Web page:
Time to be wary for negatively geared investors: HLB Mann Judd

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Based on their experience over the last few years, first time property investors can be excused for thinking it’s all too easy, but change could be on the way, warns Michael Hutton, head of wealth management at HLB Mann Judd Sydney.

“2018 is likely to be a tough year for property investors, with most economists predicting at least one interest rate hike during the year, and a possible downturn in property prices.

“Negatively geared investors in particular should be very wary about taking on any more risk, especially those whose total income only just covers their lifestyle needs and investment holding expenses.

“If an interest rate increase does happen in the first half of the year, there is a strong possibility we could see a second interest rate increase later in the year which could dampen both property and investment prices for a while.

“There is simply too much political and economic uncertainty around for negatively geared investors with a mid-range income to be taking on more expense, as they could struggle to meet any rise in interest rate commitments, rental vacancies or unexpected repair costs.

“Such investors should be focused on how any increased holding costs will affect their ability to service mortgage repayments.”

Mr Hutton said that there is always a temptation for property investors to use their portfolio’s paper capital gain as collateral to borrow more to invest in additional property, especially following the boom run in recent years.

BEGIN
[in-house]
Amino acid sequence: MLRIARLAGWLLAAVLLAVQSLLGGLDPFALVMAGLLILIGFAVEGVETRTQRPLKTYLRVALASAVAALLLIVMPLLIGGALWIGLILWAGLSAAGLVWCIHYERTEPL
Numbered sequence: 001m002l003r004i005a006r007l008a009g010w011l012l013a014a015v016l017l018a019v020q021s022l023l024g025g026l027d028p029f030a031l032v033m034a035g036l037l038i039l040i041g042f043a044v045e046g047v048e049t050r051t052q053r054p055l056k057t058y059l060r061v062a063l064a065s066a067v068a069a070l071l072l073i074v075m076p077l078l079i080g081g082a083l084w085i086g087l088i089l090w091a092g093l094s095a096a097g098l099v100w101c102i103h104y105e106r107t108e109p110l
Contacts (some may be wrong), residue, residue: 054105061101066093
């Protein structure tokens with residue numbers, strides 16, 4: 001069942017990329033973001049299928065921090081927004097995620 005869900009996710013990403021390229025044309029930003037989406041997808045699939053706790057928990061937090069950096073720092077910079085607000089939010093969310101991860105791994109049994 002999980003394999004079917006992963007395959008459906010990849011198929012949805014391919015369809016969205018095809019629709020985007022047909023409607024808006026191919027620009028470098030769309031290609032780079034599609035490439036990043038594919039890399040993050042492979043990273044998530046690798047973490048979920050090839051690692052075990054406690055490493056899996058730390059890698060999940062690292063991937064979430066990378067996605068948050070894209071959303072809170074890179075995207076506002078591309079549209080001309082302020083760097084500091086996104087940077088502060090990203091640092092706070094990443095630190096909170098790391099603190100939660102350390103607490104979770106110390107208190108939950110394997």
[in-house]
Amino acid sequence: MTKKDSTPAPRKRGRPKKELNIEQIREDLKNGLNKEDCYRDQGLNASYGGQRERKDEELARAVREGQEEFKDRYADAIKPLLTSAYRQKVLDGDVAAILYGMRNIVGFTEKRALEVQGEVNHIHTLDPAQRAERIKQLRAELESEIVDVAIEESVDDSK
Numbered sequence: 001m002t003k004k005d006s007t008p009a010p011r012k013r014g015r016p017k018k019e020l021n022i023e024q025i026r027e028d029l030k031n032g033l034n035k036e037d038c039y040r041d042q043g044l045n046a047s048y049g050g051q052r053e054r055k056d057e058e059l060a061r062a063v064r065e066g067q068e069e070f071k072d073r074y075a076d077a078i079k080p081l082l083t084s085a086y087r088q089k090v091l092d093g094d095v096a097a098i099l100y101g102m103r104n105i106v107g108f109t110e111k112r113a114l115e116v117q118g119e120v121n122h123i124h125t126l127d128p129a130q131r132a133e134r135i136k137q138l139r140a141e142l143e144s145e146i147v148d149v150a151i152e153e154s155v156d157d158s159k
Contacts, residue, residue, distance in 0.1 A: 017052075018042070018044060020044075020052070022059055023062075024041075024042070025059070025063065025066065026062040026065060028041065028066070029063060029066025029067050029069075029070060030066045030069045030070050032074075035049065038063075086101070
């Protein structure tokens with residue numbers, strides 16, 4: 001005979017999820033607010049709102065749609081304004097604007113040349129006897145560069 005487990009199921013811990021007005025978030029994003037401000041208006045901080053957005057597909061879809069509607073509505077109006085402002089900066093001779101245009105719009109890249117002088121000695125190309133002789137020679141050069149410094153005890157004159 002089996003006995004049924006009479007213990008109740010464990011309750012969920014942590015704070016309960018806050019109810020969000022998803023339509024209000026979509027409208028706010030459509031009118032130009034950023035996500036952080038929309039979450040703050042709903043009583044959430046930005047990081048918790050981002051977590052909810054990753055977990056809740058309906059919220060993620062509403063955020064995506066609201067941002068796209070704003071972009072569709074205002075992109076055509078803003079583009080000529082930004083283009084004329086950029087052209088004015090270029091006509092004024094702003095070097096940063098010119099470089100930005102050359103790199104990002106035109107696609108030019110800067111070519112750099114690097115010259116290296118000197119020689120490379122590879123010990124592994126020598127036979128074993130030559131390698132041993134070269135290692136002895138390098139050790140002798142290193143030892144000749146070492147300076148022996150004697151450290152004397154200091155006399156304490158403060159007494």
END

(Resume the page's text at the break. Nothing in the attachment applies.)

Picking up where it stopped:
“We have seen the number of first time property investors increase dramatically in the last few years, and it follows that many negatively geared investors have yet to experience the impact of rising interest rates, both on markets and their own ability to service debt.

“For most new property investors, their experience has been to see an ever-increasing value in their investment, while at the same time holding costs have remained manageable.

“They have yet to see the effects of tight credit and forced sales on property values and ability to service debt.

“Yet while many of these new, mid-income, investors are already fully extended, their positive experience so far could well tempt them to use paper profits to buy more property and increase debt further.”

He warned that in the last five years or so, it’s been easy money in residential property with full rentals, ever-increasing values, and solid capital gains.

“However if the foreshadowed rising interest rates do happen this year, the underlying risks in property investment will become very apparent.

“Experienced investors, especially those who have seen the effects of tighter credit before, are more likely to recognise the signs which say “sit tight and wait and see”, and will be less likely than newer property investors to make further commitments.

“Things may be clearer for investors later this year, and the more cautious could well be in a position then to pick up forced sale bargains from the less wary.”

Mr Hutton said that while many believe that property always increases in value, there are always periods of downturn which can catch out investors, forcing them out of the market.

“Over-extended borrowers are most vulnerable when lenders get nervous,” he said.

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HLB Mann Judd Sydney is a firm of accountants and business and financial advisers, and part of the HLB Mann Judd Australasian Association.